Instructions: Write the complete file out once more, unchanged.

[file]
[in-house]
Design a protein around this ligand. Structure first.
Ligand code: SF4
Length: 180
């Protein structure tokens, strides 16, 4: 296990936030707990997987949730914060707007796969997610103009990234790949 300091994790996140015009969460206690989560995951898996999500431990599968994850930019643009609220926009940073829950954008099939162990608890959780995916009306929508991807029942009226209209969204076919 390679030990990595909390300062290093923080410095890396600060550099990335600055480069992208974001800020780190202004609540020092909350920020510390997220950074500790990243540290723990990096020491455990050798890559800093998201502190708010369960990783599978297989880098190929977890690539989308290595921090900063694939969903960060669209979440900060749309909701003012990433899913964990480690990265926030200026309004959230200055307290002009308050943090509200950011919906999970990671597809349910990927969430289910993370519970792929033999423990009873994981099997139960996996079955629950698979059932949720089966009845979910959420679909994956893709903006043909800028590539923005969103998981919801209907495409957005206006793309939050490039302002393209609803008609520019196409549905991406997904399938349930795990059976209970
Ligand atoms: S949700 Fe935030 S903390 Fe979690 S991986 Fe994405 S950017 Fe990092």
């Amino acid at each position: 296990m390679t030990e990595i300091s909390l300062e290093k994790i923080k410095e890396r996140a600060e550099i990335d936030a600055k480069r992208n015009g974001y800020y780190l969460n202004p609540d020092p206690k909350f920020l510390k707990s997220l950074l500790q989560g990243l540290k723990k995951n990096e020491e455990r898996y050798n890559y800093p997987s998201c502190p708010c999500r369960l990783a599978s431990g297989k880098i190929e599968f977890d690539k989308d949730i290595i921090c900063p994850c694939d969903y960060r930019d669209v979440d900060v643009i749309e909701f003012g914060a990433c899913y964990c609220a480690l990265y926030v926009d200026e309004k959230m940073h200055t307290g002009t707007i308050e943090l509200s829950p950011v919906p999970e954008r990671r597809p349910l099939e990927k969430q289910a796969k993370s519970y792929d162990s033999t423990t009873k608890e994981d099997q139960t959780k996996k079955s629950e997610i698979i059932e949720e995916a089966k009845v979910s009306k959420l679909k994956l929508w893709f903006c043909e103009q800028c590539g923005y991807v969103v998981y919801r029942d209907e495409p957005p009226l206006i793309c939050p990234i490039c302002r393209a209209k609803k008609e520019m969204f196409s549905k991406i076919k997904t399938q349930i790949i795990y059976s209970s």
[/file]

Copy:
[in-house]
Design a protein around this ligand. Structure first.
Ligand code: SF4
Length: 180
């Protein structure tokens, strides 16, 4: 296990936030707990997987949730914060707007796969997610103009990234790949 300091994790996140015009969460206690989560995951898996999500431990599968994850930019643009609220926009940073829950954008099939162990608890959780995916009306929508991807029942009226209209969204076919 390679030990990595909390300062290093923080410095890396600060550099990335600055480069992208974001800020780190202004609540020092909350920020510390997220950074500790990243540290723990990096020491455990050798890559800093998201502190708010369960990783599978297989880098190929977890690539989308290595921090900063694939969903960060669209979440900060749309909701003012990433899913964990480690990265926030200026309004959230200055307290002009308050943090509200950011919906999970990671597809349910990927969430289910993370519970792929033999423990009873994981099997139960996996079955629950698979059932949720089966009845979910959420679909994956893709903006043909800028590539923005969103998981919801209907495409957005206006793309939050490039302002393209609803008609520019196409549905991406997904399938349930795990059976209970
Ligand atoms: S949700 Fe935030 S903390 Fe979690 S991986 Fe994405 S950017 Fe990092």
């Amino acid at each position: 296990m390679t030990e990595i300091s909390l300062e290093k994790i923080k410095e890396r996140a600060e550099i990335d936030a600055k480069r992208n015009g974001y800020y780190l969460n202004p609540d020092p206690k909350f920020l510390k707990s997220l950074l500790q989560g990243l540290k723990k995951n990096e020491e455990r898996y050798n890559y800093p997987s998201c502190p708010c999500r369960l990783a599978s431990g297989k880098i190929e599968f977890d690539k989308d949730i290595i921090c900063p994850c694939d969903y960060r930019d669209v979440d900060v643009i749309e909701f003012g914060a990433c899913y964990c609220a480690l990265y926030v926009d200026e309004k959230m940073h200055t307290g002009t707007i308050e943090l509200s829950p950011v919906p999970e954008r990671r597809p349910l099939e990927k969430q289910a796969k993370s519970y792929d162990s033999t423990t009873k608890e994981d099997q139960t959780k996996k079955s629950e997610i698979i059932e949720e995916a089966k009845v979910s009306k959420l679909k994956l929508w893709f903006c043909e103009q800028c590539g923005y991807v969103v998981y919801r029942d209907e495409p957005p009226l206006i793309c939050p990234i490039c302002r393209a209209k609803k008609e520019m969204f196409s549905k991406i076919k997904t399938q349930i790949i795990y059976s209970s």